Oecologia

, Volume 108, Issue 1, pp 182–191

Controlled experiments of habitat fragmentation: a simple computer simulation and a test using small mammals

Authors

  • Michael A. Bowers
    • Department of Environmental Sciences and Blandy Experimental FarmUniversity of Virginia
  • Stephen F. Matter
    • Department of Environmental Sciences and Blandy Experimental FarmUniversity of Virginia
  • James L. DooleyJr.
    • Department of Environmental Sciences and Blandy Experimental FarmUniversity of Virginia
  • Jennifer L. Dauten
    • Department of Environmental Sciences and Blandy Experimental FarmUniversity of Virginia
  • John A. Simkins
    • Department of Environmental Sciences and Blandy Experimental FarmUniversity of Virginia
Conservation Ecology

DOI: 10.1007/BF00333230

Cite this article as:
Bowers, M.A., Matter, S.F., Dooley, J.L. et al. Oecologia (1996) 108: 182. doi:10.1007/BF00333230
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Abstract

Habitat fragmentation involves a reduction in the effective area available to a population and the imposition of hard patch edges. Studies seeking to measure effects of habitat fragmentation have compared populations in fragments of different size to estimate and area effect but few have examined the effect of converting open populations to closed ones (an effect of edges). To do so requires a shift in spatial scope-from comparison of individual fragments to that of fragmented versus unfragmented landscapes. Here we note that large-scale, “controlled” studies of habitat fragmentation have rarely been performed and are needed. In making our case we develop a simple computer simulation model based on how individual animals with home ranges are affected by the imposition of habitat edges, and use it to predict population-level responses to habitat fragmentation. We then compare predictions of the model with results from a field experiment on Peromyscus and Microtus. Our model treats the case where home ranges/territories fall entirely within or partially overlap with that of sample areas in continuous landscapes, but are restricted to areas within habitat fragments in impacted landscapes. Results of the simulations demonstrate that the imposition of hard edges can produce different population abundances for similar-sized areas in continuous and fragmented landscapes. This edge effect is disproportionately greater in small than large fragments and for species with larger than smaller home ranges. These predictions were generally supported by our field experiment. We argue that large-scale studies of habitat fragmentation are sorely needed, and that control-experiment contrasts of fragmented and unfragmented microlandscapes provide a logical starting point.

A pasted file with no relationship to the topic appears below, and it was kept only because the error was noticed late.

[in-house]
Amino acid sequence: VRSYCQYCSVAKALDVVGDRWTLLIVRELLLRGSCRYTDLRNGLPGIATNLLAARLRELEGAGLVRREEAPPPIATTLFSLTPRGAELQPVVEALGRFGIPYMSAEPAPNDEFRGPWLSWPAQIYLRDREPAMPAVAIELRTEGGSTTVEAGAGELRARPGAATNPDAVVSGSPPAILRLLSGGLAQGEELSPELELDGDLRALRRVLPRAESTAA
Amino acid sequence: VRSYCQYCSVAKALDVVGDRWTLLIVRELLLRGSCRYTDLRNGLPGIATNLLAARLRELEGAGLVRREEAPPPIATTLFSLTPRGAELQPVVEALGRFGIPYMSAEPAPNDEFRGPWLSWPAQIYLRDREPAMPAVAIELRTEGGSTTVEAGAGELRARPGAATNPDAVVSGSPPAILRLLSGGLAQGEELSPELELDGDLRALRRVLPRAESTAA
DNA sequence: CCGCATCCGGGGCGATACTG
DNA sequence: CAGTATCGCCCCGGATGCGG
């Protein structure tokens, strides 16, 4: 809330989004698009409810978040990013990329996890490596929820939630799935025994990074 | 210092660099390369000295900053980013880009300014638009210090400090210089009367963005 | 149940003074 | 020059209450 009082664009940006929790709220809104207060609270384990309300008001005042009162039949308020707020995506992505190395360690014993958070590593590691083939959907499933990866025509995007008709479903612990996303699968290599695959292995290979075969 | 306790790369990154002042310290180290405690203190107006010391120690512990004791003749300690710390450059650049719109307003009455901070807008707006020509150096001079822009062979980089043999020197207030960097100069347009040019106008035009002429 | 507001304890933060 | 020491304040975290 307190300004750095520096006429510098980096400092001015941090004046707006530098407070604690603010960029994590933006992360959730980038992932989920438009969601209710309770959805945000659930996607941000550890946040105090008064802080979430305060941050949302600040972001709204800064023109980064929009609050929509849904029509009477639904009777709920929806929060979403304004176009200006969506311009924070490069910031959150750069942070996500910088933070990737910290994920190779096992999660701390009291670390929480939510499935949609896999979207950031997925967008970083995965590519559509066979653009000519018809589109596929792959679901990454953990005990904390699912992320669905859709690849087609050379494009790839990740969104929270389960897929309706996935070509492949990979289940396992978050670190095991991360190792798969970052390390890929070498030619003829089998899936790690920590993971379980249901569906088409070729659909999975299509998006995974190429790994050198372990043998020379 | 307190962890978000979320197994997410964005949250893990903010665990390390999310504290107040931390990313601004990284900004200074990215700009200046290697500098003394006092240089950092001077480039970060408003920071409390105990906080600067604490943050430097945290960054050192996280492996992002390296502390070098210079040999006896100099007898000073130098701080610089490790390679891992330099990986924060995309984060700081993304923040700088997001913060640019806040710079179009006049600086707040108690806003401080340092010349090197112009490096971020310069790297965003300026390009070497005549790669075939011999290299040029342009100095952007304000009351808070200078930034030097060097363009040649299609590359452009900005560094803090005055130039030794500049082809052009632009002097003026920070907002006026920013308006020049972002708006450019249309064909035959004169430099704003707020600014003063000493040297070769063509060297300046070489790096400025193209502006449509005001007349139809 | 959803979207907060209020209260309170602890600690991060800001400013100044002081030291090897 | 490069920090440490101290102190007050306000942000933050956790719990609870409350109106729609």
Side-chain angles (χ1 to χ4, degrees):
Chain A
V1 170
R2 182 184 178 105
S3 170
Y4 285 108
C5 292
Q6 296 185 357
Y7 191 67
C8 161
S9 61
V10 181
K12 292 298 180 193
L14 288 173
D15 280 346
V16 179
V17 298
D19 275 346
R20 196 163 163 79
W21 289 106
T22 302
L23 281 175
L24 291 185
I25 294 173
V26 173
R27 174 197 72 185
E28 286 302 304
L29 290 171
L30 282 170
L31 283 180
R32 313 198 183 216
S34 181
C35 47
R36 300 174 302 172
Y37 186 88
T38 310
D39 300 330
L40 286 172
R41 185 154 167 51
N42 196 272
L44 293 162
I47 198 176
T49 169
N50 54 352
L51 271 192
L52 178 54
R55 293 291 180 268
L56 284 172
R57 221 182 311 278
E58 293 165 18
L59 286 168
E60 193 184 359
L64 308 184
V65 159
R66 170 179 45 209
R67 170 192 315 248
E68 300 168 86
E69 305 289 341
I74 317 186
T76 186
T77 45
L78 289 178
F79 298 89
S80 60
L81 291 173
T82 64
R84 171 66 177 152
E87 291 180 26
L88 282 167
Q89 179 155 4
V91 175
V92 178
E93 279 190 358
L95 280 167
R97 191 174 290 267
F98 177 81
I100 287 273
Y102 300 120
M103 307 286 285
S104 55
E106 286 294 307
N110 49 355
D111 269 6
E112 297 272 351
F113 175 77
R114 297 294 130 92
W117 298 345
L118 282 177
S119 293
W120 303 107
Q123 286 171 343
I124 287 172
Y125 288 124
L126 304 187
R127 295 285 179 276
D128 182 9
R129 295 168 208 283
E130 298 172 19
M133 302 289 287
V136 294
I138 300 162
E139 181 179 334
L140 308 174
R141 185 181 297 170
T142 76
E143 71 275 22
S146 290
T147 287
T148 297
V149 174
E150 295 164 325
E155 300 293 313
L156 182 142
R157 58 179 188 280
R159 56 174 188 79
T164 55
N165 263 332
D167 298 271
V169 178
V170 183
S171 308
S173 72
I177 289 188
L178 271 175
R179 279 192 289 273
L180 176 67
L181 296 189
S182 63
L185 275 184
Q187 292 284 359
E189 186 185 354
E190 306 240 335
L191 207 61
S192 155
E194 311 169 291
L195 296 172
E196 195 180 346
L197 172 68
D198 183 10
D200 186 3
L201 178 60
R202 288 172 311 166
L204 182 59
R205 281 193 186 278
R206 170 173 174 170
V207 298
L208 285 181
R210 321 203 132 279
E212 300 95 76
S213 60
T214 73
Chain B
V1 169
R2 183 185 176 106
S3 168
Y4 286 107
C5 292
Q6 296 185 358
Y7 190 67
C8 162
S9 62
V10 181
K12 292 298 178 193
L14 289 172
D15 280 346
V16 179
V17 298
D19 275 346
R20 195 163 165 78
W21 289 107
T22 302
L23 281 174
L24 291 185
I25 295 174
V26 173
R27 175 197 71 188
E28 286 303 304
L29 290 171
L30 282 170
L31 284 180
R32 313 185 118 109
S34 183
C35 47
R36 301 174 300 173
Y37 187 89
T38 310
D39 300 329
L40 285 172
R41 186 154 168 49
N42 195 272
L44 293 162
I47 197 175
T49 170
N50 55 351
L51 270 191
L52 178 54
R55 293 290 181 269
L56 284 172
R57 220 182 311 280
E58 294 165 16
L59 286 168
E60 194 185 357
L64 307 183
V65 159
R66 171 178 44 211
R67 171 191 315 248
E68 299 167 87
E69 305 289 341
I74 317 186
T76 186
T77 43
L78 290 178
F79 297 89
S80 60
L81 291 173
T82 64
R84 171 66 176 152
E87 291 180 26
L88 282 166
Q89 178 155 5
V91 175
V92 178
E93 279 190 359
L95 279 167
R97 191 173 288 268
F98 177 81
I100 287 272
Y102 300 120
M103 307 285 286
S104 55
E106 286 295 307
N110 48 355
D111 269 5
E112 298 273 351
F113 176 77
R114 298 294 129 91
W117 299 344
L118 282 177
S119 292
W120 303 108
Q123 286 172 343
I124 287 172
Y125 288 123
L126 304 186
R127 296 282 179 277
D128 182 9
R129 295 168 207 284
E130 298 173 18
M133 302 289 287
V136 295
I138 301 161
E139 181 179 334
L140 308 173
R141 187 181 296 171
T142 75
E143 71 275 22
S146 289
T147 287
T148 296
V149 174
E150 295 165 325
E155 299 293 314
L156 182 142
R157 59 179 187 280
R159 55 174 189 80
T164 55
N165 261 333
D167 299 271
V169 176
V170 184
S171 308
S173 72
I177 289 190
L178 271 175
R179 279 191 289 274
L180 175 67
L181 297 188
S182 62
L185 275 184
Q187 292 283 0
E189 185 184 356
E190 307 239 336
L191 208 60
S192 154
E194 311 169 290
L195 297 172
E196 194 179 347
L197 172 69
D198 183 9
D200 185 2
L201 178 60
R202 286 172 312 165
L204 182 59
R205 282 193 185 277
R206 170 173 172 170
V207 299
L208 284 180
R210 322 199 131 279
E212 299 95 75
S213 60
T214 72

Key words

Habitat fragmentationEdge effectsHome rangeLandscape ecologySmall mammals

Copyright information

© Springer-Verlag 1996